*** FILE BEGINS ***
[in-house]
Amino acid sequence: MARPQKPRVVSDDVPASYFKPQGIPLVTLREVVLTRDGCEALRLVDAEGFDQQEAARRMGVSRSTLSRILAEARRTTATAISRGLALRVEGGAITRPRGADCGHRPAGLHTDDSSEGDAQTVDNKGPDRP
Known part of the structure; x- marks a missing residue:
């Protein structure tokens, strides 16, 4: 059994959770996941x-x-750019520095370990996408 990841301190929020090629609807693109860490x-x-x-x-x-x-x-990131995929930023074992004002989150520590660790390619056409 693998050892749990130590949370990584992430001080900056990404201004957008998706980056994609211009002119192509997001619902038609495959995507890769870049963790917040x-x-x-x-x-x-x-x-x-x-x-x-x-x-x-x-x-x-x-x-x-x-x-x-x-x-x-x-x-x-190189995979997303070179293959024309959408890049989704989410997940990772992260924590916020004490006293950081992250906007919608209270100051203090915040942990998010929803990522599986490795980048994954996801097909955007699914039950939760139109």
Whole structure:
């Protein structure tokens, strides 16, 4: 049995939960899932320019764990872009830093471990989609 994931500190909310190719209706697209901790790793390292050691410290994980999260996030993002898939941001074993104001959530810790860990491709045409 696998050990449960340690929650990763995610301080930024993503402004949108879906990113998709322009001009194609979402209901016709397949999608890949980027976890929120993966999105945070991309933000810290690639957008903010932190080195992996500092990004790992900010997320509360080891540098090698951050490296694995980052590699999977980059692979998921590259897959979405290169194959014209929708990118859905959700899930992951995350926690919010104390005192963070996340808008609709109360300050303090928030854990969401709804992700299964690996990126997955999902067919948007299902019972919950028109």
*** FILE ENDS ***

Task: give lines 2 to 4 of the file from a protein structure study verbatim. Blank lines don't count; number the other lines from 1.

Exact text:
Amino acid sequence: MARPQKPRVVSDDVPASYFKPQGIPLVTLREVVLTRDGCEALRLVDAEGFDQQEAARRMGVSRSTLSRILAEARRTTATAISRGLALRVEGGAITRPRGADCGHRPAGLHTDDSSEGDAQTVDNKGPDRP
Known part of the structure; x- marks a missing residue:
């Protein structure tokens, strides 16, 4: 059994959770996941x-x-750019520095370990996408 990841301190929020090629609807693109860490x-x-x-x-x-x-x-990131995929930023074992004002989150520590660790390619056409 693998050892749990130590949370990584992430001080900056990404201004957008998706980056994609211009002119192509997001619902038609495959995507890769870049963790917040x-x-x-x-x-x-x-x-x-x-x-x-x-x-x-x-x-x-x-x-x-x-x-x-x-x-x-x-x-x-190189995979997303070179293959024309959408890049989704989410997940990772992260924590916020004490006293950081992250906007919608209270100051203090915040942990998010929803990522599986490795980048994954996801097909955007699914039950939760139109």